PNP MP boost for Green
Hugh Graham says former Cabinet minister humble, respectful and could have been given a chanceSunday, September 19, 2021
BY HG HELPS
FORMER Agriculture and Fisheries Minister Floyd Green has received the backing of someone he would least expect to be in his corner at a time like this.
The embattled Member of Parliament (MP) for St Elizabeth South Western, who quit as minister last Wednesday following the exposure of a video on social media which showed him revelling with others on a day designated as no-movement, has been lauded for his work and general conduct by Opposition MP for St Catherine North Western, and businessman Hugh Graham.
Graham has even suggested, in an interview with the Jamaica Observer, that Green, an attorney-at law by training, may have been dealt with harshly by Prime Minister Andrew Holness, who accepted the former minister's resignation. Up to yesterday, it still could not be determined whether Holness insisted on a resignation, or if Green volunteered to place his signature to paper and walk away from the Cabinet, one of three arms of Government in this northern Caribbean island of a shade under three million inhabitants.
“With Floyd, I think it could not have happened to a nicer guy. There is a sitcom titled Everybody Loves Raymond. It's something that I would substitute the word Raymond and say Everybody Loves Floyd,” Graham said.
“For me, he epitomises that sitcom. He is a successful youth, humble, his countenance is jovial, he doesn't give anybody any problem, he bullies no one, doesn't cuss off anybody in Parliament… if you come against him with your opposite proposal, he would say he would look into it, but he is not going to tell you to shut up and sit down and that kind of rudeness that comes from others,” Graham went on.
“So, for me, it's really unfortunate that he ended up with this. I would go further to say, maybe because the Government is under so much pressure [is the reason] the action was taken against Floyd, because you have a man who [allegedly] beats a woman with chair and he is still in the Parliament.
“People go to bird bush on no-movement day and you don't hear a thing about it. A whole heap of people have [allegedly] died because of a lack of oxygen and that's alright. So, then you wonder, you are going to fire a man, or ask for his resignation because he breached no-movement day? Is it really because he breached no-movement day or because he got caught or the video went viral… but same thing with the man who [allegedly] hit the woman with the chair. That video was viral, too, but nothing happened. The video of people dying in a hospital went viral but nothing happened,” Graham argued.
The reference to people dying because of insufficient oxygen in the public health-care system and no action taken, follows the quitting of Jordan's Minister of Health Nathir Obeidat, after he was asked by that country's Prime Minister Bisher al-Khasawneh to submit his letter of resignation following the death of six people due to the lack of oxygen on a hospital ward in that country of 10 million inhabitants, whose vaccination programme began in January of this year.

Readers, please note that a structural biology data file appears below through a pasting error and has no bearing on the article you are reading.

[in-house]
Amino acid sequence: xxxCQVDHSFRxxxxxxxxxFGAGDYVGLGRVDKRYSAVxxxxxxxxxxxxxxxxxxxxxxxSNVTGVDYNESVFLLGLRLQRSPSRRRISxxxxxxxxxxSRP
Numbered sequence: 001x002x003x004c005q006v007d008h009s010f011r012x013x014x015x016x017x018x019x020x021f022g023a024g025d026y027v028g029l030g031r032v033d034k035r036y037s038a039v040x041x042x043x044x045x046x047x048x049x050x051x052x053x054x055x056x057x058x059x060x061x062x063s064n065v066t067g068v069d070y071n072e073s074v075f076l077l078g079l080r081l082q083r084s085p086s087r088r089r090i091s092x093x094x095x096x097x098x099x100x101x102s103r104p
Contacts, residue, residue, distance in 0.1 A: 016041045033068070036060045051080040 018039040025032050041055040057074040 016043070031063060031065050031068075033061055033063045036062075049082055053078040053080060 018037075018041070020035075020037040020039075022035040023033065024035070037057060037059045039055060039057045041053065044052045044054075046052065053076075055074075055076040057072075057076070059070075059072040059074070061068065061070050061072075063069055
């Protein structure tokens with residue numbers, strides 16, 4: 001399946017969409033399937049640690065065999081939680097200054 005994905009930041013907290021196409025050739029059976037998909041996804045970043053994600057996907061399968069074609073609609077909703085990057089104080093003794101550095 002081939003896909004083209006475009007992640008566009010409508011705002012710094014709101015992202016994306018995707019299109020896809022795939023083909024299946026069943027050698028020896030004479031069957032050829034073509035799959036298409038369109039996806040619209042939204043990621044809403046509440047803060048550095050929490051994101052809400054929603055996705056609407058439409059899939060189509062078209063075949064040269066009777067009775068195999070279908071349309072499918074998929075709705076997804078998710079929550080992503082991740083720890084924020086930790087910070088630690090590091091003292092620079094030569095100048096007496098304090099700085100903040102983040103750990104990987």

The oxygen shortage in that country, according to reputable international news organisations, BBC News and Reuters, lasted for an hour.
“The machine that is used to test the strains of people, we don't buy it,” Graham added. “We talk about process. To me, you have to wonder where our priorities are. I don't think Floyd deserves what he got. I am not saying I support the fact that he flouted the law and he should get away with it, but there are penalties for crimes committed and I don't think that that was a reasonable punishment for the crime committed.
“I am also not saying that nothing should happen in terms of consequences. He was working. You see him with the farmers, you see him going around, they have problems with infestation and he bears with them…how many other ministers you see working like that?
“We, as MPs, got promised 100 tablets for the start of the new school year in September. The tablets have not been bought yet, and you hear that it is a process. You have areas that do not have any connectivity, children can't go to school, teachers can't operate and nothing happens. When you look at all these things, I think it's a real unfair treatment for a youth like Floyd, who is working. It's almost like you are saying it's better if you beat somebody with a chair and you will be alright. And those are the things that the country needs to discuss.
“In addition,” Graham said, “nobody got into trouble for giving permission for Dream Weekend, Mocha Fest, cruise ship coming in on no-movement day, and things like that.”
Graham was quick to point out that he does not enjoy a “personal relationship” with the former minister, describing Green as someone he knows well.
“I wouldn't say he's a brethren that I 'par' with or party with, but he is somebody who will, for example, chair a meeting and I am a member of the meeting that he is chairing and you see his involvement, you see how he behaves and you see his presentations in Parliament. He is not an aggressive youth so, to me, if anybody was to have got a chance, it would be him. It's not like he killed somebody or caused a farmer to die, or caused a whole crop to be wiped out because he gave them bad herbicides and fertilisers. I think it was quite unfortunate.
“Then, maybe Andrew [Holness] had to do something with all the things that were going wrong in the country, and it just fell on Floyd... as they say, the straw that broke the camel's back,” Graham said.